Rhum Agricole is a form of rum popular in the French islands of the Caribbean including Martinique (where this one is from and which has AOC status), La Reunion, Haiti, the Dominican Republic and Guadeloupe. It’s made from fermented sugar cane juice and not molasses as all other rums are. The reason for this was the change France made in the early 1900s when the country switched to using cheaper sugar beets for sugar production instead of sugar cane. Because of this, there was no reason for the factories in these countries to process the sugar cane into sugar for export and thus, no molasses was produced.
In an effort to stay afloat financially and to continue producing rum, the French Caribbean producers turned instead to sugar cane juice as the base product for this rum variant. The cane is harvested and transported to the factory where it’s pressed for its juice (this particular example says it’s ‘from natural free run sugar cane). The fibres (‘bagasse’) are used as distillery fuel and then the sugar cane juice is fermented – often with dunder added to the process. Dunder is the sticky, acidic residue left in the still post distillation. When added back to the fermenting liquid, it increases the acidity and creates high numbers of congeners (flavour and aroma compounds) in the resulting spirit. In Jamaica, dunder is stored out in the heat in pots encased in the earth and allowed to fester and become even more acidic.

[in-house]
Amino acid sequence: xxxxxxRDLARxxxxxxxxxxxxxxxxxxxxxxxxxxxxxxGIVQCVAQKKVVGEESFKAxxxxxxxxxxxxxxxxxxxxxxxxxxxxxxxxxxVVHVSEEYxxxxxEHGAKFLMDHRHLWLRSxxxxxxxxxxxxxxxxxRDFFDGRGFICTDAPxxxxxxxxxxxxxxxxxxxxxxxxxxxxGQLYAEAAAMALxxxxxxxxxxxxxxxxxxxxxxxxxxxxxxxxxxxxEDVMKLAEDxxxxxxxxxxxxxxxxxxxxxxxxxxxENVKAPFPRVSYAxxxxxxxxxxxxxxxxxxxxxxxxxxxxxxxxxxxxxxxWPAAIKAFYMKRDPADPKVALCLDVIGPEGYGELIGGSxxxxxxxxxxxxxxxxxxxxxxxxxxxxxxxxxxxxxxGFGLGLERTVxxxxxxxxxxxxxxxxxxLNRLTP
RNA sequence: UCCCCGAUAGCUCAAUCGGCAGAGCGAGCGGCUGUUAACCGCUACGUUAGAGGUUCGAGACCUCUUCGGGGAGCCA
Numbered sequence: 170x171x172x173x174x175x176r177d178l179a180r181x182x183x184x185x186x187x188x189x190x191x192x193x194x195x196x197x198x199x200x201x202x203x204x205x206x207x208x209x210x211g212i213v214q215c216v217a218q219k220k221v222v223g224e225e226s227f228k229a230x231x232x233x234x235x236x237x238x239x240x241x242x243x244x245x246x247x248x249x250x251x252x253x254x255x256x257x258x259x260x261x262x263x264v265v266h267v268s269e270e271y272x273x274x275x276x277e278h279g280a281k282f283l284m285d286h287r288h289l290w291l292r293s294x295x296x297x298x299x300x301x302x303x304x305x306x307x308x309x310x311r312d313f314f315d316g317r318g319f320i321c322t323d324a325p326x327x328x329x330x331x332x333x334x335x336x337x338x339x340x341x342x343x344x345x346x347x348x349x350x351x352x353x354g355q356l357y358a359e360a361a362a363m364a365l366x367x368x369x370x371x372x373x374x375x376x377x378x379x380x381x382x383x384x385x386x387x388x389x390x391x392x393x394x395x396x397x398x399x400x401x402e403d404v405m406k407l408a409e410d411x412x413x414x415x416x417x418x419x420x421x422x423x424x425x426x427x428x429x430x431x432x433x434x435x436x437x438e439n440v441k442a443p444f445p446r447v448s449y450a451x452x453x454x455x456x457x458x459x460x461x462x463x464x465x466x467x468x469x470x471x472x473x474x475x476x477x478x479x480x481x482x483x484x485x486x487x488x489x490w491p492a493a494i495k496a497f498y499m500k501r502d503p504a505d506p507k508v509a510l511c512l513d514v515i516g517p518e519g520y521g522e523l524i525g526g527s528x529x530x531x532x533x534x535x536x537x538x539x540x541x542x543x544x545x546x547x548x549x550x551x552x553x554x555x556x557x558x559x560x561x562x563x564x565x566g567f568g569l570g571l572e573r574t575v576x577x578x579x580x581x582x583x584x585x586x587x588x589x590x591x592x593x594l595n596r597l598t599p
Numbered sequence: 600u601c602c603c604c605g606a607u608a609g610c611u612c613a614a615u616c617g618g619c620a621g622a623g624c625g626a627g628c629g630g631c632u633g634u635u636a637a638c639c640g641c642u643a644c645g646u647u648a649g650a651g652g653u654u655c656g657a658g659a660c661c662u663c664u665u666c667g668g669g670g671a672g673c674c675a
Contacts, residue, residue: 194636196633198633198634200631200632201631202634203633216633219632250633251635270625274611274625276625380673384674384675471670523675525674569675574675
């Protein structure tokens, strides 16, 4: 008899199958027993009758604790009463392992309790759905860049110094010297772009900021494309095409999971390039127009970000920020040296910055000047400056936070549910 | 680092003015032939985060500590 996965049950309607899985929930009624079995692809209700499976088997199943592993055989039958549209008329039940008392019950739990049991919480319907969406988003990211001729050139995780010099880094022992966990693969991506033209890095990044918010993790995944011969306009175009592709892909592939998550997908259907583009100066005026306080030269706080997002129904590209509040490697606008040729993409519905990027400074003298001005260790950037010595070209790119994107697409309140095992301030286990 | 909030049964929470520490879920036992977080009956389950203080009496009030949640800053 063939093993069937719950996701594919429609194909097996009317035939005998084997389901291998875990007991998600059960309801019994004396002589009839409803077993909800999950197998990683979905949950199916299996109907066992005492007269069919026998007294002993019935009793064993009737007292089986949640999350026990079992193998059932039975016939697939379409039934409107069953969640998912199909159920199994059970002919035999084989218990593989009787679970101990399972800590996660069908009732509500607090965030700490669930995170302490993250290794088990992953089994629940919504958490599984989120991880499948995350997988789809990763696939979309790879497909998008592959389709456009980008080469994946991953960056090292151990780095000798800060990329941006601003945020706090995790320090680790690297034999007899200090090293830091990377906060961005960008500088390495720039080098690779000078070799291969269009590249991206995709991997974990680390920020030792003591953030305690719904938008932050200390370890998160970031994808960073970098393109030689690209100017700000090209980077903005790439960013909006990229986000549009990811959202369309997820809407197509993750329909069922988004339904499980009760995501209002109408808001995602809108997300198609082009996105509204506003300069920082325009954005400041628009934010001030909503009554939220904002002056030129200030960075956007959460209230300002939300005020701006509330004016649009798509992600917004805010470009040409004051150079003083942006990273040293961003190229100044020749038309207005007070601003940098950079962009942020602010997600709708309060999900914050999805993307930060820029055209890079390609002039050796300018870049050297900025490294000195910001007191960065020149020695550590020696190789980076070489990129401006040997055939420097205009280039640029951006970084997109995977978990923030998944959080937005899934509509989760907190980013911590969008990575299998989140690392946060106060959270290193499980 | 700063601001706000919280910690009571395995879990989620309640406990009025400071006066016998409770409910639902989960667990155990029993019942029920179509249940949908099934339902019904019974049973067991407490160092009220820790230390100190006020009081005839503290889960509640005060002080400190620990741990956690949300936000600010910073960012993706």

The alcoholic wash that results is usually 4.5-9% abv and is called ‘vessou’. The vessou is distilled in a single column still, exactly the same as the one used in Armagnac and also in Bourbon. This causes the spirit to be lower in alcohol than many other spirits (65-75% as per AOC Martinique law) and higher in congeners than most. It’s usually bottled at about 40%.
Rhum Agricole is described according to how it has been aged with ‘rhum blancs’ being unaged, water-white and colourless, ‘ambre’ has some vatted age, ‘paille’ has been aged for 18 months in wood and ‘vieux’ may be aged for 3 yrs. There are also vintage Rhum Agricoles available. This one makes no mention of the ageing done on it; it appears to be rhum blanc.
Some of the best Rhum Agricoles around hail from Haiti – the Babancourts. Those ones are usually sipped or enjoyed on the rocks or with a splash of water. However, many also enjoy Rhum Agricole with lime juice and sugar as ‘Ti Punch’.
This spirit is clear and bright, water-white and colourless with legs noted.
It is clean, unaged and has pronounced aroma characteristics of green leaf, sugarcane, green banana and crab apple.
On the palate it is dry with smooth alcohol, medium body and an oily texture. It has pronounced flavour characteristics of vegetal and green leaf, more green banana, green mango and underripe pineapple, vine, slight anise and some floral qualities (violets). It has a medium finish with some complexity and is ‘very good’.